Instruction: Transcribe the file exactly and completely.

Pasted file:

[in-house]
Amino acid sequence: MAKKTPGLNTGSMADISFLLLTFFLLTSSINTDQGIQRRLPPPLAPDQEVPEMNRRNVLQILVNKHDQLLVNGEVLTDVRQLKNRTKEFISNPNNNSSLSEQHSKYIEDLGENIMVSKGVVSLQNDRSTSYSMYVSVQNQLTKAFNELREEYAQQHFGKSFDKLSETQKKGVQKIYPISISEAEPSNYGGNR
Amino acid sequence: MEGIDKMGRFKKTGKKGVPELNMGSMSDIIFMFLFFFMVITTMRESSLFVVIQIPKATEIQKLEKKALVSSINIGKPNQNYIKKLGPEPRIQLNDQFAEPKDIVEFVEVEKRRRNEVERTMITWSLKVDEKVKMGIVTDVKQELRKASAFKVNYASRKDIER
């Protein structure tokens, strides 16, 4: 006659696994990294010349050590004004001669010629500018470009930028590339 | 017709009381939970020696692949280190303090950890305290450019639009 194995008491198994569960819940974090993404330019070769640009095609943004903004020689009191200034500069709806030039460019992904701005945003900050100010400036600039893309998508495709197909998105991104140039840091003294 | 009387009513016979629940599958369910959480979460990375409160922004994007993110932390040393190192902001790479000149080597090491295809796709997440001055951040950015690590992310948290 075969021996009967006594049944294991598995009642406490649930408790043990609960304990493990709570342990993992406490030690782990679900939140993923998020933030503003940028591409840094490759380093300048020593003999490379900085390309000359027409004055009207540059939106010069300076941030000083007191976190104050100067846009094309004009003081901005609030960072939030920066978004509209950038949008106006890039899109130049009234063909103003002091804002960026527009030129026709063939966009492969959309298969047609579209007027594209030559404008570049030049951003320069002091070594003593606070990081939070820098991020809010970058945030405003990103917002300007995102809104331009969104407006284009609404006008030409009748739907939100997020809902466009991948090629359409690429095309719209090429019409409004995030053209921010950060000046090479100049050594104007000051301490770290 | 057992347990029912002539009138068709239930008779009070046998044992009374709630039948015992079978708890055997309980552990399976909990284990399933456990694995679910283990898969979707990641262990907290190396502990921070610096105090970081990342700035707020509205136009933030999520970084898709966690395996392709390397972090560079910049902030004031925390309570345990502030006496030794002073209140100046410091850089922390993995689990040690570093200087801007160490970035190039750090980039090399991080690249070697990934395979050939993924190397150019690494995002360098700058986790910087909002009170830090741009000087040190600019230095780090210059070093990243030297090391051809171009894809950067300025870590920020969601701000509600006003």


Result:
[in-house]
Amino acid sequence: MAKKTPGLNTGSMADISFLLLTFFLLTSSINTDQGIQRRLPPPLAPDQEVPEMNRRNVLQILVNKHDQLLVNGEVLTDVRQLKNRTKEFISNPNNNSSLSEQHSKYIEDLGENIMVSKGVVSLQNDRSTSYSMYVSVQNQLTKAFNELREEYAQQHFGKSFDKLSETQKKGVQKIYPISISEAEPSNYGGNR
Amino acid sequence: MEGIDKMGRFKKTGKKGVPELNMGSMSDIIFMFLFFFMVITTMRESSLFVVIQIPKATEIQKLEKKALVSSINIGKPNQNYIKKLGPEPRIQLNDQFAEPKDIVEFVEVEKRRRNEVERTMITWSLKVDEKVKMGIVTDVKQELRKASAFKVNYASRKDIER
């Protein structure tokens, strides 16, 4: 006659696994990294010349050590004004001669010629500018470009930028590339 | 017709009381939970020696692949280190303090950890305290450019639009 194995008491198994569960819940974090993404330019070769640009095609943004903004020689009191200034500069709806030039460019992904701005945003900050100010400036600039893309998508495709197909998105991104140039840091003294 | 009387009513016979629940599958369910959480979460990375409160922004994007993110932390040393190192902001790479000149080597090491295809796709997440001055951040950015690590992310948290 075969021996009967006594049944294991598995009642406490649930408790043990609960304990493990709570342990993992406490030690782990679900939140993923998020933030503003940028591409840094490759380093300048020593003999490379900085390309000359027409004055009207540059939106010069300076941030000083007191976190104050100067846009094309004009003081901005609030960072939030920066978004509209950038949008106006890039899109130049009234063909103003002091804002960026527009030129026709063939966009492969959309298969047609579209007027594209030559404008570049030049951003320069002091070594003593606070990081939070820098991020809010970058945030405003990103917002300007995102809104331009969104407006284009609404006008030409009748739907939100997020809902466009991948090629359409690429095309719209090429019409409004995030053209921010950060000046090479100049050594104007000051301490770290 | 057992347990029912002539009138068709239930008779009070046998044992009374709630039948015992079978708890055997309980552990399976909990284990399933456990694995679910283990898969979707990641262990907290190396502990921070610096105090970081990342700035707020509205136009933030999520970084898709966690395996392709390397972090560079910049902030004031925390309570345990502030006496030794002073209140100046410091850089922390993995689990040690570093200087801007160490970035190039750090980039090399991080690249070697990934395979050939993924190397150019690494995002360098700058986790910087909002009170830090741009000087040190600019230095780090210059070093990243030297090391051809171009894809950067300025870590920020969601701000509600006003």